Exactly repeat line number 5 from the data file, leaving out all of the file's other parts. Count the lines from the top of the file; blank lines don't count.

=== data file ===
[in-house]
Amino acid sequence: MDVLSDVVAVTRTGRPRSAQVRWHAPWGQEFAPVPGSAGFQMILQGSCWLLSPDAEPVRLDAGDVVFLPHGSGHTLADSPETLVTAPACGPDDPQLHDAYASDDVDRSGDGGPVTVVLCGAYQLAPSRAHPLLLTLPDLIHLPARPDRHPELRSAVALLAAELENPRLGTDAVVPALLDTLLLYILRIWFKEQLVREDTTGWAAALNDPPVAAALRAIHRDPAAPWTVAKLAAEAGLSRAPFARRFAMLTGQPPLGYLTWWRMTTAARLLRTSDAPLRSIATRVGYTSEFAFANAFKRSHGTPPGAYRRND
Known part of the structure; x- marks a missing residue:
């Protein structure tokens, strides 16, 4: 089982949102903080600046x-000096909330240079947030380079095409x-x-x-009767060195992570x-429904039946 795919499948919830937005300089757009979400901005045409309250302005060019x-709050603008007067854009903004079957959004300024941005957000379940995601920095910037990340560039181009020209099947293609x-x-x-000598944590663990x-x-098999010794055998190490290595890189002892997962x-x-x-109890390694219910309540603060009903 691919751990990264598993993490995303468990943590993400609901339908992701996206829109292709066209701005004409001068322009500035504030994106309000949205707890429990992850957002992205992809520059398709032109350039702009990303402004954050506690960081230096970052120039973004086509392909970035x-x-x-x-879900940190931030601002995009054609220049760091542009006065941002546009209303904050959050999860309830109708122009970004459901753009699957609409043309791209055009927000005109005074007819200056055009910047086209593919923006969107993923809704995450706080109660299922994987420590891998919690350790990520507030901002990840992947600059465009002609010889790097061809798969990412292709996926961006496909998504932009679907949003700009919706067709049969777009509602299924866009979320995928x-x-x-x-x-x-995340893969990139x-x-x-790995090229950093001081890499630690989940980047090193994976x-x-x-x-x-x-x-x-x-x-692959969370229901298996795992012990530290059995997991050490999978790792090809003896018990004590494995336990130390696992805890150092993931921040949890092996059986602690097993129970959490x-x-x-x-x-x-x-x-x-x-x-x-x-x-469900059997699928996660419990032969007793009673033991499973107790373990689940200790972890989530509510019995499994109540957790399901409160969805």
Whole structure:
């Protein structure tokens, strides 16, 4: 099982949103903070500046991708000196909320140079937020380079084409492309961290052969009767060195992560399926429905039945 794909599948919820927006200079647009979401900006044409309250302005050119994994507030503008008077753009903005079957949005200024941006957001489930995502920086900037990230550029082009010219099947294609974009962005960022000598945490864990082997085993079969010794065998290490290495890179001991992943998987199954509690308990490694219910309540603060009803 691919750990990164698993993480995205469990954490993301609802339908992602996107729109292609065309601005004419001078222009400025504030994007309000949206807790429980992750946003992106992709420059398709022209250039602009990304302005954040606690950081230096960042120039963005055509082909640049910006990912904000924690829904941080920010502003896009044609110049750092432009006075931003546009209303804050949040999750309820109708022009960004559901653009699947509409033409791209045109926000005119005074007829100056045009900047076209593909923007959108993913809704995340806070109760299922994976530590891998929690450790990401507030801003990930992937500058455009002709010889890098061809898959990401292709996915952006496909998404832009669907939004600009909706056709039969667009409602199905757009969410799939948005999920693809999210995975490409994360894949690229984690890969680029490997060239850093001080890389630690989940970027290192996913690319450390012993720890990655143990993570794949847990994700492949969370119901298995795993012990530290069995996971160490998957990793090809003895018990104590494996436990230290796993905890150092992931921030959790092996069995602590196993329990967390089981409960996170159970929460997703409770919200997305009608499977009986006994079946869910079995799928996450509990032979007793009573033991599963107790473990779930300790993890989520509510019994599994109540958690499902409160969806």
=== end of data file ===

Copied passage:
Whole structure: